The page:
"From personal experience, I confirm the oft-unheeded warning to climb with someone who has done the stairway before," Mr Youssef says.
"I was not fit when we went. I did not carry enough water or food. Late May can be hot in the UAE, and needless to say I dehydrated.
"What we intended to be a return in Dubai by about 6pm ended up being around midnight. Had it not been for my Austrian friend I would have probably had to spend the night on the mountain.
"Never, never attempt this climb without someone who has done it before a few times and is very knowledgeable of the area."
Even going with companions who have experience with Stairway to Heaven proves no guarantee of a safe return.
Australian trekker Cameron Brooks took the challenge seriously when he tackled it in January last year, choosing to join a more experienced group. But on the descent, he fell and fractured his leg on an easier section of boulders.
A rescue was mounted involving the other 16 members of his group and more than 20 experienced mountaineers from the region who answered the call to help evacuate him.
His leg was splinted and he was put in a stretcher, but even with more than 20 helpers and easier terrain than high on Stairway to Heaven, it took a full day to move him through country that would take uninjured hikers 90 minutes to traverse.
One of the rescuers, Ian Ganderton, says the rescue team stabilised Mr Brooks then began the evacuation at first light the next day.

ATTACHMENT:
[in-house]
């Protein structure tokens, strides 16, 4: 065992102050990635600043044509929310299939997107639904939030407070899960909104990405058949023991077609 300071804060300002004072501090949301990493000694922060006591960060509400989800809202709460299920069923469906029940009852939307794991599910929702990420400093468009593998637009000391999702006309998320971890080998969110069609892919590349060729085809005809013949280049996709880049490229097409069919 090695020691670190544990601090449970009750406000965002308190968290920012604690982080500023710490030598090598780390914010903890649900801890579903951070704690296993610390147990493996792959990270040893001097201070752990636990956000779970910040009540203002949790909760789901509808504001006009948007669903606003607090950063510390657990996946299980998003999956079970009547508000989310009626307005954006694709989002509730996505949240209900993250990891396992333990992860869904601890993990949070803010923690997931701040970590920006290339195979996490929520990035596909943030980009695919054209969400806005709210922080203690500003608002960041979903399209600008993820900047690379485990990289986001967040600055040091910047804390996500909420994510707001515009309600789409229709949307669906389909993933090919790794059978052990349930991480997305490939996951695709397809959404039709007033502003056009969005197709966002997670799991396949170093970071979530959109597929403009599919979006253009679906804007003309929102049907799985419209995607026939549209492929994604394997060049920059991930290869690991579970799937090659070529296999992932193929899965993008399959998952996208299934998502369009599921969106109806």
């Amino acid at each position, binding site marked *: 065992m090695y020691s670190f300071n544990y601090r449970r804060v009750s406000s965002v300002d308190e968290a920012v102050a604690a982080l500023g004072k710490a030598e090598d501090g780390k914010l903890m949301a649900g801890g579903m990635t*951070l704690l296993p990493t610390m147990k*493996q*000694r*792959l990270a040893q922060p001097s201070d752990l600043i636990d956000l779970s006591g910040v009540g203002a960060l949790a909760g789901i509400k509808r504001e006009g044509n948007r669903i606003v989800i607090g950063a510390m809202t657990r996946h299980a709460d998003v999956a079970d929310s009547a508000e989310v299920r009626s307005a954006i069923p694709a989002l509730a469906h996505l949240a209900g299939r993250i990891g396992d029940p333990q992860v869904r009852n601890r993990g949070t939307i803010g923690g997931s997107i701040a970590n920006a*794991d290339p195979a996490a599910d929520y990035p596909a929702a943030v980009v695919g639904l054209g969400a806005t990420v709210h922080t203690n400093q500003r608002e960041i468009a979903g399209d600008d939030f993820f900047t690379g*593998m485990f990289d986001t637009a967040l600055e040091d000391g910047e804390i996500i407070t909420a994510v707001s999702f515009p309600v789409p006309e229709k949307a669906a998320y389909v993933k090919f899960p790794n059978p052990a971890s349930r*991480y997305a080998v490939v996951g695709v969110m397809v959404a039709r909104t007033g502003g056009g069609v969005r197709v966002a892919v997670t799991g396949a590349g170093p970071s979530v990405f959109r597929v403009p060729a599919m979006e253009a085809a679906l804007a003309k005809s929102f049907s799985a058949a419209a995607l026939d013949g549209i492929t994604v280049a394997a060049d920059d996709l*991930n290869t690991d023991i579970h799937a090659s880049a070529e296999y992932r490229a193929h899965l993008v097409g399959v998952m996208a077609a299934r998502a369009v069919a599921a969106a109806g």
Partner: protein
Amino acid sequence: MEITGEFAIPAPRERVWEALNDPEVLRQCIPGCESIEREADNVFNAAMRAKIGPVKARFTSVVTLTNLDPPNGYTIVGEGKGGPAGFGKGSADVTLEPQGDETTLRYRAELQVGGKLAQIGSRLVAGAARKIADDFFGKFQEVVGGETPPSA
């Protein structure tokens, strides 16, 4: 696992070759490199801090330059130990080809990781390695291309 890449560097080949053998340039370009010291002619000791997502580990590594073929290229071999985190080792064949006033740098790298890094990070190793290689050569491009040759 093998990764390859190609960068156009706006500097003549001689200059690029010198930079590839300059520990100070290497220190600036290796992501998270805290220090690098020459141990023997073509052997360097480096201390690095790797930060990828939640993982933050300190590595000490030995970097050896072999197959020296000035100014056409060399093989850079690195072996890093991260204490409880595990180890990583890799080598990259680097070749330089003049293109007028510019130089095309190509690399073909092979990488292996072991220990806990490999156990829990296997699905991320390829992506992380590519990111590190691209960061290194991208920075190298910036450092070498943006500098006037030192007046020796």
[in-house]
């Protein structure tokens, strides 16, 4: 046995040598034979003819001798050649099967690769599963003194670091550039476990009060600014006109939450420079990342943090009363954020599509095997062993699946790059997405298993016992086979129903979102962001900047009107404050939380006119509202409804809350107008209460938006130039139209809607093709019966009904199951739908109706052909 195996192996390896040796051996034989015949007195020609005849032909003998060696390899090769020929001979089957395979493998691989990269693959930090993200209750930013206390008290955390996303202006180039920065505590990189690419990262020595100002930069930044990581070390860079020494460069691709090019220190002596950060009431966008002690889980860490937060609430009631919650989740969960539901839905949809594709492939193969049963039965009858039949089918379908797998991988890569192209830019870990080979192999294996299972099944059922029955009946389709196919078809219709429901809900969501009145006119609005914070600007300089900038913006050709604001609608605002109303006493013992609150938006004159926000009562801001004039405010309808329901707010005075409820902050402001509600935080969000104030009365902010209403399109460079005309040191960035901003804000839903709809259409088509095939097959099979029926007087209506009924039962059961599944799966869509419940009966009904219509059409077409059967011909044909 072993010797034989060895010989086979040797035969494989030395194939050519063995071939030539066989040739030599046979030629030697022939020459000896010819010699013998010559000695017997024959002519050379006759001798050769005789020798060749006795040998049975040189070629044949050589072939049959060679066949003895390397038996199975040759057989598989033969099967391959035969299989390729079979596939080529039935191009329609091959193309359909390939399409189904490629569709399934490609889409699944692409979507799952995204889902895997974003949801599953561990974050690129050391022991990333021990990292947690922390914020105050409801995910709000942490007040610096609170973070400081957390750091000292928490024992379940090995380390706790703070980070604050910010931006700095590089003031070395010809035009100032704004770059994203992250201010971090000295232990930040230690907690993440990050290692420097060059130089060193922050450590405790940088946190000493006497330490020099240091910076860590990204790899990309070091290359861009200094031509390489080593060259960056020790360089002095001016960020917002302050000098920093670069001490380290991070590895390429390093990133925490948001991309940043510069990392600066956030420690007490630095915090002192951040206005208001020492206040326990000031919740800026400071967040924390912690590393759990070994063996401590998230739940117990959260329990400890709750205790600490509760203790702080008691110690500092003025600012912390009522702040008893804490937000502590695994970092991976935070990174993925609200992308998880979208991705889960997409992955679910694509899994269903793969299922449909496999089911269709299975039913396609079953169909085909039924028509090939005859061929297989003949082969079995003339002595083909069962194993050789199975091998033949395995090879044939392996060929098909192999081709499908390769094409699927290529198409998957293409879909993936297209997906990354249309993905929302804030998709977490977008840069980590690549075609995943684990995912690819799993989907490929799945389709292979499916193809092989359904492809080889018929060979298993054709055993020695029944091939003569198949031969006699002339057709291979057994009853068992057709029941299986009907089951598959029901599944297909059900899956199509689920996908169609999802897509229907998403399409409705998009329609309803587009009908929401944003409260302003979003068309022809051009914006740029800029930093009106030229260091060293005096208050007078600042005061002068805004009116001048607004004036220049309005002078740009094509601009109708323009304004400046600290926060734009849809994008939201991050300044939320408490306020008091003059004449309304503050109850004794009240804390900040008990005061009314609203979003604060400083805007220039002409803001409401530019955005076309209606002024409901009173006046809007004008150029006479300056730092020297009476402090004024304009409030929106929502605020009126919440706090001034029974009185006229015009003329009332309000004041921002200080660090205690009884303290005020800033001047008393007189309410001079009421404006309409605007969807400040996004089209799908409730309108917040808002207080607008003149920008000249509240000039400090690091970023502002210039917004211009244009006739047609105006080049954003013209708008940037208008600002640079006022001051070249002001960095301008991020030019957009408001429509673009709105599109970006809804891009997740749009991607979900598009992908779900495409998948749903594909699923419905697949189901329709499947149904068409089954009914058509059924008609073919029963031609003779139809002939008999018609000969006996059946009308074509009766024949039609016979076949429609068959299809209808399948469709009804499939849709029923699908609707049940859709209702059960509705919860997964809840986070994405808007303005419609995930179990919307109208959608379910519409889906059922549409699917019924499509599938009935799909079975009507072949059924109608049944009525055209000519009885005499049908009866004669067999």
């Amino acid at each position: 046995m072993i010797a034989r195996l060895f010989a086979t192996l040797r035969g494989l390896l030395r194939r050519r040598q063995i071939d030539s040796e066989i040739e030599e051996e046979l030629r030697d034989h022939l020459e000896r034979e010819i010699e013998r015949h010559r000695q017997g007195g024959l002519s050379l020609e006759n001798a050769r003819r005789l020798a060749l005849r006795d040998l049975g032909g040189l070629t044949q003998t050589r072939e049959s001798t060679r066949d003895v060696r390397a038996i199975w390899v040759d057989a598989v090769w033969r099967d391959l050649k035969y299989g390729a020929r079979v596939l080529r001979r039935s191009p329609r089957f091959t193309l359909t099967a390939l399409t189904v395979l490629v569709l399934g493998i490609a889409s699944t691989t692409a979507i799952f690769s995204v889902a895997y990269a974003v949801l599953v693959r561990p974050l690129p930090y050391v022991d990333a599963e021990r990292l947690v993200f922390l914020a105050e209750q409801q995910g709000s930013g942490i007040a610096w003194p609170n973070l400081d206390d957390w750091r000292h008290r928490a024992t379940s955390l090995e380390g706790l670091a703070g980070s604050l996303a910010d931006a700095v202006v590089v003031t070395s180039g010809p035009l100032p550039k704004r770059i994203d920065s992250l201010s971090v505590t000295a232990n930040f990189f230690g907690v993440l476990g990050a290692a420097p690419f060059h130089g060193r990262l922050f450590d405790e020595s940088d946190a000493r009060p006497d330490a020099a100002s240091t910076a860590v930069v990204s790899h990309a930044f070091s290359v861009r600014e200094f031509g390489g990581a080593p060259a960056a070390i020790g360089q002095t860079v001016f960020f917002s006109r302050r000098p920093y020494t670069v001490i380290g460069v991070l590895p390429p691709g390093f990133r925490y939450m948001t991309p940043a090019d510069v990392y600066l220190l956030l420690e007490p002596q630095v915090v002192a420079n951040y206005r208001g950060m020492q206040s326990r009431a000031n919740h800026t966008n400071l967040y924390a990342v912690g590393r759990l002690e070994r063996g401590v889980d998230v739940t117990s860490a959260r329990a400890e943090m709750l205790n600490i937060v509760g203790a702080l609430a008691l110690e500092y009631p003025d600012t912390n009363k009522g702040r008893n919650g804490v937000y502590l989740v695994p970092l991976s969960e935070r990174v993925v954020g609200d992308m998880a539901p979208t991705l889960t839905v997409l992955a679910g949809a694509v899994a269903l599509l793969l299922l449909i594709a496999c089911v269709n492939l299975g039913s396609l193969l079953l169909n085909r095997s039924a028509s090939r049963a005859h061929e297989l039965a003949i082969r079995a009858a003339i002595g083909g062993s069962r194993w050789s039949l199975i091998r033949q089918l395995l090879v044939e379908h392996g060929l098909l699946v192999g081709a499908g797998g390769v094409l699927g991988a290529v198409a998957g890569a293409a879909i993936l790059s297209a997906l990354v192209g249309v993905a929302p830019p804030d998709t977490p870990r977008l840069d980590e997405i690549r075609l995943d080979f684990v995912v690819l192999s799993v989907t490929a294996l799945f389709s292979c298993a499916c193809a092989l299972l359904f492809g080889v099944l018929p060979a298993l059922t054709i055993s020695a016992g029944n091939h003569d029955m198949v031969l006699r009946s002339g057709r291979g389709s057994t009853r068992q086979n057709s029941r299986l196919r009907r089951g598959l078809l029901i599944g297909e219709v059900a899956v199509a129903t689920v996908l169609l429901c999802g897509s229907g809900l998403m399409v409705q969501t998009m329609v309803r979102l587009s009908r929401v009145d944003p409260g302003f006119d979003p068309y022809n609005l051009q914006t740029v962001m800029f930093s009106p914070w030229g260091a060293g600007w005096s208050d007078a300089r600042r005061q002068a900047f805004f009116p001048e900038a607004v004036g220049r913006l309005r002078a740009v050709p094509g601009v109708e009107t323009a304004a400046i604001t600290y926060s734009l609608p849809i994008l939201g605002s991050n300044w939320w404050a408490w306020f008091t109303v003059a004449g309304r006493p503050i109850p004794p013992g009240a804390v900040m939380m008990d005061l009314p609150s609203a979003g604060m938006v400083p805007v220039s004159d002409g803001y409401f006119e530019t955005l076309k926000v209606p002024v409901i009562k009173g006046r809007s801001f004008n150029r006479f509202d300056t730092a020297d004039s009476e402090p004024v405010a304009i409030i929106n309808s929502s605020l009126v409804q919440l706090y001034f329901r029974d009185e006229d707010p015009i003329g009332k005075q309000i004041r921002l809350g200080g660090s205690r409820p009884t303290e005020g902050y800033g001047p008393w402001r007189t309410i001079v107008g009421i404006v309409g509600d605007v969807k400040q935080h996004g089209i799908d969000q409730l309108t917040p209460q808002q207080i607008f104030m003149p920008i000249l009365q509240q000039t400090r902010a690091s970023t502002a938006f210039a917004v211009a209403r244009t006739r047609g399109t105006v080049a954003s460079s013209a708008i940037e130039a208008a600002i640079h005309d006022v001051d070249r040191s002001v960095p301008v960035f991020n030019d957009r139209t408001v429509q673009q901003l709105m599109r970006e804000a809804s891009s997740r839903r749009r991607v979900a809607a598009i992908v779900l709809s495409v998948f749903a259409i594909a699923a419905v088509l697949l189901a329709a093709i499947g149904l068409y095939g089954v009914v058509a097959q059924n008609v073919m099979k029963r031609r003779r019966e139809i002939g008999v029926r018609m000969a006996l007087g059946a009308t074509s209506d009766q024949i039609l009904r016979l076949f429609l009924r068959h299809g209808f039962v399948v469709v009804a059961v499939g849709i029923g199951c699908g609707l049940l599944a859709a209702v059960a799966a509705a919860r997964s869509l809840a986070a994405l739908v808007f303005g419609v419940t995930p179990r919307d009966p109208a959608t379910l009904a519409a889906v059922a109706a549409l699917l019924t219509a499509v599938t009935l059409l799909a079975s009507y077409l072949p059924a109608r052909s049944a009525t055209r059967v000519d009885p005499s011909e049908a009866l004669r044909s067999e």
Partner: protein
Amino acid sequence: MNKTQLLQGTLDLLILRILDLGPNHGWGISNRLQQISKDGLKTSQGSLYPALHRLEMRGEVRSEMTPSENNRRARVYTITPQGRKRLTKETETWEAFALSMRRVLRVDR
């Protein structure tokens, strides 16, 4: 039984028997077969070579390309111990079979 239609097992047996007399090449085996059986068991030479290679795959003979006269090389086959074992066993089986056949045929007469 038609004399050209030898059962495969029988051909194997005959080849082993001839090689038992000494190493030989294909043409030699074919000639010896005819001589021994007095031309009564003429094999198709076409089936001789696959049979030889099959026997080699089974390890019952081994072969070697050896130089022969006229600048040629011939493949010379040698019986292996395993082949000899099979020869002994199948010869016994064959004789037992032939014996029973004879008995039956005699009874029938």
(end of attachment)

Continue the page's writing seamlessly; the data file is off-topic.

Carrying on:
"The ground below the Wadi Ghalila Headwall is steep, broken and uncompromising. It's very difficult to evacuate an injured person through," Mr Ganderton says.
Ground that a fit climber could cover in 90 minutes took the rescue team of 29 people six hours to cover.
"The large expert team worked impressively hard throughout the whole task. I can't recall a better example of teamwork I've ever seen, and for no other reason than to help a fellow mountaineer."
Once the rescue was complete, some in the UAE mountaineering community turned their attention to the way Stairway to Heaven is publicised, in a bid to find a way to discourage inexperienced parties from trying it.
Much of Stairway to Heaven's high profile comes from UAE Off Road Explorer.
John Gregory, one of the UAE's most experienced rock climbers and a veteran of 20 ascents of Stairway to Heaven, put it simply: "Stairway [to Heaven] should never even be in the book.
"It's a matter of common sense. It's so different to anything else in the book and as a result many people have run into difficulties."